Simple Mahamri Recipe (with Instant Yeast) / Kenyan Coconut Mandazi
Mahamri/mamri/coconut mandazi is a type of deep fried bread that is almost similar to mandazi. The main difference between mahamri and typical Kenyan mandazi is the use of coconut milk or other coconut products (flour, flakes, or heavy cream) and yeast in mahamri recipe. That being the case, mahamri has a distinct coconut flavor.
Mahamris make an excellent choice for breakfast. They are delicious and pair well with tea or coffee. They are easy to make and the recipe(s) uses ingredients that are readily available in the stores. All the same, you should consume mahamri in moderation because just like other wheat and deep fried foods, they have a dark side.
There are several recipes for mahamri. Personally, I know about four but I prefer the one I have shared in this article because it is easy, straightforward and the final product is just delicious. The variations in mahamri recipes differ from region to region and taste preferences.
The recipe I have shared here produces yummy mahamri with a rich coconut flavor because I use coconut milk. But if the taste of coconut is not your cup of tea, you can replace coconut milk with cow milk. You can also water down the taste by substituting a portion of the coconut milk with water.
If you find coconut irresistible, intensify the flavor by adding coconut flakes or coconut heavy cream to the list of ingredients. Use coconut milk at room temperature. But if you decide to use water or cow milk, use it while warm for best results.
You will notice that in this recipe I provide the exact measurements for flour and coconut milk. This helps to achieve the best dough consistency. Using the right quantities of flour and liquids produces tacky dough. It is soft (not sticky) and has enough moisture.
Also, in the recipe I recommend using yeast instead of baking powder as the raising agent for mahamri dough. I have seen people ask whether you can substitute yeast with baking powder when making mahamri and the simple answer is NO! While replacing yeast with baking powder works in many other recipes, I don’t recommend it for mahamri recipe. Yeast is the only raising agent that will produce wholesome mahamris.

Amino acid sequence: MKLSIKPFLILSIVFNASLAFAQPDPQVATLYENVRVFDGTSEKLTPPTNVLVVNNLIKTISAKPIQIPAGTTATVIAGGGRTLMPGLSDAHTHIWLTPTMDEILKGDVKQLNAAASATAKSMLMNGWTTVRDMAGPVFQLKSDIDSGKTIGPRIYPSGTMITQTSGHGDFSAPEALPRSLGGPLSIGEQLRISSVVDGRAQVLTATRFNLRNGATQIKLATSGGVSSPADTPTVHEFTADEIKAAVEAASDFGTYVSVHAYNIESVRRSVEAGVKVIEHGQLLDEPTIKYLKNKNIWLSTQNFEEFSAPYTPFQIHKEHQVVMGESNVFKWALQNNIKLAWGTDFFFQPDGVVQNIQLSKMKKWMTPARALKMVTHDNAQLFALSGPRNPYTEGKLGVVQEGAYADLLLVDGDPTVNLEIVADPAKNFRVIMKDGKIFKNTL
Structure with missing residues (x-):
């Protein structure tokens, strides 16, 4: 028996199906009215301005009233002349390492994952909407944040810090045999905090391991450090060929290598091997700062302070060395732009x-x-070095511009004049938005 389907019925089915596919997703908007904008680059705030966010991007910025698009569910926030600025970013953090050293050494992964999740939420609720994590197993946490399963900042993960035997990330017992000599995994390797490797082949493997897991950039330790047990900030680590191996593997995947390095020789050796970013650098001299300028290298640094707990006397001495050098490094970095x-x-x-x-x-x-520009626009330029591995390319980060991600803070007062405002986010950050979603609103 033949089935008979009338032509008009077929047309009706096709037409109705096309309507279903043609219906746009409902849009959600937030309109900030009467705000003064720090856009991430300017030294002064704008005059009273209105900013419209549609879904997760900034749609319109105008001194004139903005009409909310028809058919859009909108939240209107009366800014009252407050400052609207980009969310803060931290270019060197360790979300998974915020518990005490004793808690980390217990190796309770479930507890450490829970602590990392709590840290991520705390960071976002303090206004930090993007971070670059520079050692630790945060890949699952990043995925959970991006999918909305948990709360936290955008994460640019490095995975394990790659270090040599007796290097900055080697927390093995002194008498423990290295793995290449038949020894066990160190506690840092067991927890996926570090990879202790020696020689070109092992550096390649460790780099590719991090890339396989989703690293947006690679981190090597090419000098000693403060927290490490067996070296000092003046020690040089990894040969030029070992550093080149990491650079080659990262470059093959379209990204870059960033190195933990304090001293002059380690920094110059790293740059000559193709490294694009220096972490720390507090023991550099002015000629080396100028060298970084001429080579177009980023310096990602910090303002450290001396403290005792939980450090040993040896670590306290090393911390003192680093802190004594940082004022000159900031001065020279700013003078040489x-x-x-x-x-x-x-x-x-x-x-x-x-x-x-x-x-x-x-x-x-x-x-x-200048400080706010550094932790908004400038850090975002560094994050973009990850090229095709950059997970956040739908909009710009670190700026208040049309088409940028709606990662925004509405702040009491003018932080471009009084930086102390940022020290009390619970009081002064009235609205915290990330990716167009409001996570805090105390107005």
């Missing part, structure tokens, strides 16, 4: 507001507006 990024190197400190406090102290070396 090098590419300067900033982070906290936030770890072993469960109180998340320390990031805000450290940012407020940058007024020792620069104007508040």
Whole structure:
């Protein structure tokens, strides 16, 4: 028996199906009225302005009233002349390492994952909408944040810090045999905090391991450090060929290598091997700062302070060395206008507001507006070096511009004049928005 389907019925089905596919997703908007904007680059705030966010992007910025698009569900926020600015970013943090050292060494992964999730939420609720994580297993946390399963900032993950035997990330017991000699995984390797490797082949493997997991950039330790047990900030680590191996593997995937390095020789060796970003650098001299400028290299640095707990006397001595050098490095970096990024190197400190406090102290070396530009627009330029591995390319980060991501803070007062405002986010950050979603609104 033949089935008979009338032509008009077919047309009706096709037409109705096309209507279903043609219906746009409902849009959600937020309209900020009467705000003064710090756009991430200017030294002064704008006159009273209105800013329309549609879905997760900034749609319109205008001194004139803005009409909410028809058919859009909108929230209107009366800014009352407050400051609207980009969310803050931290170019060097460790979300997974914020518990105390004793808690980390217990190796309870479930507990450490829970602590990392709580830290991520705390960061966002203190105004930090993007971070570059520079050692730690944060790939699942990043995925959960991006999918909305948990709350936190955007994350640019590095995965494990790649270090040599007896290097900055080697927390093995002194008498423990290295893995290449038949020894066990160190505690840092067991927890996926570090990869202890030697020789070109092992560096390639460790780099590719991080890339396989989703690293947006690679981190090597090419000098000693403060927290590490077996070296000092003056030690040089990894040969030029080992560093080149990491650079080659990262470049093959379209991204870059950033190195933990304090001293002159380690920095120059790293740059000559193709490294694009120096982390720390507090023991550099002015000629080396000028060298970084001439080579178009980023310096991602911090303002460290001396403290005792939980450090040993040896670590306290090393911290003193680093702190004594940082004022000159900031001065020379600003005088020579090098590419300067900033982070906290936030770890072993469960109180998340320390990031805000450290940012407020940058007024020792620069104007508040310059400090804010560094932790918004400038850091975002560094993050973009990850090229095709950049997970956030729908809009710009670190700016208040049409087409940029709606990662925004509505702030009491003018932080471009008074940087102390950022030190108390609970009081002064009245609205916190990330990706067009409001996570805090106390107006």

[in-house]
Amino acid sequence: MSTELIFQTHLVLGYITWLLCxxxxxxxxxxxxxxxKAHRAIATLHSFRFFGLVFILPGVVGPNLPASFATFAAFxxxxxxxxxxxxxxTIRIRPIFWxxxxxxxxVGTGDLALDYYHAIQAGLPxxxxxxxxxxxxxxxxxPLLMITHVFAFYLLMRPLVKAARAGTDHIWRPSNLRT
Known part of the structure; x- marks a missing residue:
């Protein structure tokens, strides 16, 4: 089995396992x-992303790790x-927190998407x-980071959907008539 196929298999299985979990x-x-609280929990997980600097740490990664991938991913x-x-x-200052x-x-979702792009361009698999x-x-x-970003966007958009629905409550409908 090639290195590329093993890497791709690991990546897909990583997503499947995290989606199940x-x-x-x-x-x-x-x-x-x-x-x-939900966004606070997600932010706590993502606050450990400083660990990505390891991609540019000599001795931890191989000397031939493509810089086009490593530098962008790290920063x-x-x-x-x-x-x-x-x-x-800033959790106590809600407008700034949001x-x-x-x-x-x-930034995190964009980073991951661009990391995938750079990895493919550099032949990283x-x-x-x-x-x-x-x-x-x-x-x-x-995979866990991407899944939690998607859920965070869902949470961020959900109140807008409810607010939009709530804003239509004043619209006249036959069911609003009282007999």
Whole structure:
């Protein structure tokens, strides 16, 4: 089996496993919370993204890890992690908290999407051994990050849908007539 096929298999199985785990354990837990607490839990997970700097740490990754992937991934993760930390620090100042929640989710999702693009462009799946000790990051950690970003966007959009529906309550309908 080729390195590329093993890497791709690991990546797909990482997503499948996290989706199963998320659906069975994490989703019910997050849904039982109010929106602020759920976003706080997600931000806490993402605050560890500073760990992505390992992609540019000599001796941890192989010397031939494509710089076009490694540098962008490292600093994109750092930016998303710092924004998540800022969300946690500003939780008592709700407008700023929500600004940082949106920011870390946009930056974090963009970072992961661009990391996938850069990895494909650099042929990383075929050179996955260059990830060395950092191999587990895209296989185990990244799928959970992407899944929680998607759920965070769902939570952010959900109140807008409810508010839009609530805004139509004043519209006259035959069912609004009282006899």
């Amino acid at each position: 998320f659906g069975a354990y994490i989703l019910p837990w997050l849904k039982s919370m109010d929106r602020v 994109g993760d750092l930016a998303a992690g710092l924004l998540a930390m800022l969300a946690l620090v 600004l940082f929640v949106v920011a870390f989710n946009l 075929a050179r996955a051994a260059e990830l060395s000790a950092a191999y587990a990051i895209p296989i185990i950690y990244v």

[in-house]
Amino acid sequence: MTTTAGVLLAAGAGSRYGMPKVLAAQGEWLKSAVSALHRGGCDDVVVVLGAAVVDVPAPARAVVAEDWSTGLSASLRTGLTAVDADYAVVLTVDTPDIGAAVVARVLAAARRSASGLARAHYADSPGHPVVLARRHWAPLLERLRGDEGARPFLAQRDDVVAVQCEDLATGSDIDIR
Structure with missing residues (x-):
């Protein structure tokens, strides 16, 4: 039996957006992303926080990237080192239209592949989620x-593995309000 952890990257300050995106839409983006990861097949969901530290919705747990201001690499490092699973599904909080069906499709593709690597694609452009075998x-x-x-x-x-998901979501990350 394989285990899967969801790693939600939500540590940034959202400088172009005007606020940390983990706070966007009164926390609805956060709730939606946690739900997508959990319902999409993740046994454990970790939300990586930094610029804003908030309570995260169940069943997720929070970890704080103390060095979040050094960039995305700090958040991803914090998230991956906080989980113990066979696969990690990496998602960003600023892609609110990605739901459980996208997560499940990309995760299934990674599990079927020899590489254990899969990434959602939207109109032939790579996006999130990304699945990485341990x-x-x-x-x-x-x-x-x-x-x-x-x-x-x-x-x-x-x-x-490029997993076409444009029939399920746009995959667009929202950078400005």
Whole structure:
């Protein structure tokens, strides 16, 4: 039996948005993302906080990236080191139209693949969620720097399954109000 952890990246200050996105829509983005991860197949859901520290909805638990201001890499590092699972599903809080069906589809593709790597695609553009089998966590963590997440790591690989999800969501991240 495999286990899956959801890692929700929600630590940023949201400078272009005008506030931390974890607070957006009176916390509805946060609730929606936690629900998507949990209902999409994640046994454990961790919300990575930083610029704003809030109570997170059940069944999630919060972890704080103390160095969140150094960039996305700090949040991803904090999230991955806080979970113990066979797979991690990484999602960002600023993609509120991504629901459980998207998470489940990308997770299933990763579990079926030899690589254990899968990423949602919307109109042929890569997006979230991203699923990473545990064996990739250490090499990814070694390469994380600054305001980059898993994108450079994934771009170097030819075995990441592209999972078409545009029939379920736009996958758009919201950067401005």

I use instant yeast because it is the perfect choice this mahamri recipe. With coconut milk at room temperature, instant yeast makes the whole process easy and flawless. It is added to dry ingredients directly because it does not require activation.
Active dry yeast can be used but some minor changes have to be introduced to this recipe. If it is the only choice you have, introduce a half of cup warm water to the recipe then go ahead and adjust the quantity of other ingredients accordingly.
Combine water, sugar, and yeast in a bowl and set the mixture aside for a few minutes. The mixture is ready for use once it begins to foam and produce bubbles. If it takes more than 15 minutes to see these changes then it is safe to say that your yeast is dead. The only solution is to get new yeast!
The last and most important tip for this recipe is rolling-out dough balls to medium-sized thicknesses. Thin pieces produce hard and crunchy mahamri. So, roll out the dough balls until they are about 1/8 inch (3mm) – 3/16 inch (4.5mm) thick for soft and fleshy mahamris. They are the best and most enjoyable. See the photo above.
Kenyan Mahamri Recipe
- 1 Kneading bowl
- 1 Frying pan
- 1 Skimmer
- 4 cups all purpose flour
- 4 tbsp sugar
- 1 tsp salt
- ¾ tsp cardamom
- 300 ml coconut milk
- 1 liter cooking oil
- Combine the dry ingredients.
- Add coconut milk slowly to the mixture while using your hands to kneads.
- Knead the dough gently until smooth. Transfer it from the mixing bowl to the counter so that you can knead properly.
- Grease the mixing bowl and transfer back the dough. Cover with a cling film or cloth and let it rest for 1 hour.
- Divide the dough into small handful balls that are equal in size.
- Roll out the balls with a rolling pin to make circles. Keep the circles thick for fleshy mahamri.
- Cut each circle into 4 pies for deep frying.
- Heat the cooking oil to over 240 deg F. (above 100 degrees C) and deep fry the pies. Avoid overcrowding the pan so that the mahamri pieces can move freely in the oil.
- Turn the pies to brown on both sides then use a skimmer to remove cooked pieces from the oil.
- Repeat to cook all the pieces
- Your mahamri is ready!